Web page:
With federal deficits running high, Atlanta Mayor Kasim Reed and business leaders ramped up pressure on the federal government Thursday to dredge the Port of Savannah so it can accommodate the larger ships expected to pass through the Panama Canal.
State officials want to deepen the second-largest port on the East Coast by six feet, giving it a 48-foot depth, around the time the Panama Canal finishes its own expansion project. If Georgia's biggest port cannot accommodate the larger ships moving through the canal, regional leaders fear they will sail elsewhere.
The project makes for unusual alliances. Local Republican lawmakers have promised to oppose earmarks -- but not for the port. Reed, a Democrat, is seeking White House support for a project nearly 250 miles from his city because he credits it with supporting 300,000 jobs across the state.
"We do not have a bigger opportunity than the opportunity, in my mind, that is around the deepening of this port, which is why I've placed all partisanship aside," Reed said. "This is about what Georgia will be in 10 years, in 20 years, in 30 years."
Home Depot CEO Frank Blake said his home improvement company moves about a quarter of its shipping through ports in Savannah and Brunswick. Bigger ships moving through the Panama Canal can carry more cargo at a lower cost. But he noted that many freighters must now wait until high tide to transit Savannah's shallow port.
"When the Panama Canal expands and you have larger ships, you make a bad situation just dramatically worse," Blake said. "And I'd say just neither we as a company nor the region can afford having those ships pass us by and go somewhere else."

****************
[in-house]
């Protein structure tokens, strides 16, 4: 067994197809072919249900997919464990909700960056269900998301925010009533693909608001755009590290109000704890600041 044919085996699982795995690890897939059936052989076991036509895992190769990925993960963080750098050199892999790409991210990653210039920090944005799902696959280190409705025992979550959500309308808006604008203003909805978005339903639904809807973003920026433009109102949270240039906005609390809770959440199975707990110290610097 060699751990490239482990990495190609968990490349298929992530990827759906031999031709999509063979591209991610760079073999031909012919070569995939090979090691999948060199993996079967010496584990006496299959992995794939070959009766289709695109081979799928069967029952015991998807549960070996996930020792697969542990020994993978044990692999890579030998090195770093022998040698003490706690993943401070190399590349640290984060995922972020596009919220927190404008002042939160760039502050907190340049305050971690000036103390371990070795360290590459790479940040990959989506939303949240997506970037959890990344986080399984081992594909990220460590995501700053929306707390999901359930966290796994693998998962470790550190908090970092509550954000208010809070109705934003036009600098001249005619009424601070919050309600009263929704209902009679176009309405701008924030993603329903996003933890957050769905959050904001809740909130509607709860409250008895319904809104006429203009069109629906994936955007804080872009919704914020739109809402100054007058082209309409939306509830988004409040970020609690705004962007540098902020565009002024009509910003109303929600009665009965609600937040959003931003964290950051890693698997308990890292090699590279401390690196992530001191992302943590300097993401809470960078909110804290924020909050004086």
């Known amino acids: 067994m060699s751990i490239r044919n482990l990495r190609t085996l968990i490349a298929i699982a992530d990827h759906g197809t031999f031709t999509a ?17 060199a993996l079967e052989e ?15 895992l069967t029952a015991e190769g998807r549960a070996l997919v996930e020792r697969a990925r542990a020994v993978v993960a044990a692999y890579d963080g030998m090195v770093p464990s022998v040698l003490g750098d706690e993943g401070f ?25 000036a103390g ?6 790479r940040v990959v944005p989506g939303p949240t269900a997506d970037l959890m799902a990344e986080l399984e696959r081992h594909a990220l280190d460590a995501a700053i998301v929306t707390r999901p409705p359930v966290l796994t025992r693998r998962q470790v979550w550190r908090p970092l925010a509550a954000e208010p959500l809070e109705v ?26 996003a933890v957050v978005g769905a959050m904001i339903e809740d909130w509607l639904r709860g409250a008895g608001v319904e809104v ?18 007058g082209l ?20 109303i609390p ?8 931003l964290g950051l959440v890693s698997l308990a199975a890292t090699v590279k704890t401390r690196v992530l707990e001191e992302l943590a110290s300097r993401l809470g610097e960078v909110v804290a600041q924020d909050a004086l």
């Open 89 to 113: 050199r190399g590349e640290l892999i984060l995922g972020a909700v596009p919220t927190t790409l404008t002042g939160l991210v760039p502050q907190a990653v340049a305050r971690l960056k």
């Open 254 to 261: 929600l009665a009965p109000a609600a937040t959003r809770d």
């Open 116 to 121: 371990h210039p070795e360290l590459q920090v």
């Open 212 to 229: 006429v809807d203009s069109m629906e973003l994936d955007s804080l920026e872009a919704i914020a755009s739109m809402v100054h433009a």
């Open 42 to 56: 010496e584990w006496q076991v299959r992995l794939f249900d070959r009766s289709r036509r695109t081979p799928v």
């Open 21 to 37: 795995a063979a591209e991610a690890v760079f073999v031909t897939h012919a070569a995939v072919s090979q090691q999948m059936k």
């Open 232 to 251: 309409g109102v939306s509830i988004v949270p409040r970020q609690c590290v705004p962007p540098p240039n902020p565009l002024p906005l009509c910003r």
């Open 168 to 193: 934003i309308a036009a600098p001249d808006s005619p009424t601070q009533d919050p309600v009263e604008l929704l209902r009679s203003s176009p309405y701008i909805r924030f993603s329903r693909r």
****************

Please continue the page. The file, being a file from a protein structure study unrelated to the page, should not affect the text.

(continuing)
Opposition to the dredging project has been focused on environmental concerns. Conservationists have said the project would transform freshwater wetlands into saltwater, in essence destroying habitat for several endangered or threatened species including bald eagles, wood storks, manatees and shortnose sturgeon.
However, the project took a step forward last month when the U.S. Army Corps of Engineers released a draft saying that acquiring wetlands and taking other protective steps could offset the environmental damage caused by dredging.
Port officials started studying whether to dredge the port in 1996. The ultimate decision on whether to allow dredging is not expected until late next year.
Now Reed and other leaders are lobbying hard for federal funding needed for the $625 million project. Sen. Saxby Chambliss recently said he supported a Republican-led ban on earmarks, but he reserved the right to request money for dredging.
Atlanta-based AJC International uses the Port of Savannah to ship five million to seven million pounds of dark chicken meat weekly to 49 countries, including Russia, China, and nations in the Middle East and the Caribbean, said Eric Joiner, the firm's vice chairman.
Joiner said he worries that asking for federal funding could be difficult after a recession that prompted lawmakers to promise spending cuts. He participated in the panel talk to convince regional leaders that the port is critical infrastructure, not frivolous spending.
"There's not a lot of money to go around," Joiner said. "And everybody's got worthy projects, so everyone's out there wanting the money. And I'm concerned that people will think, `Well, is this an earmark?'"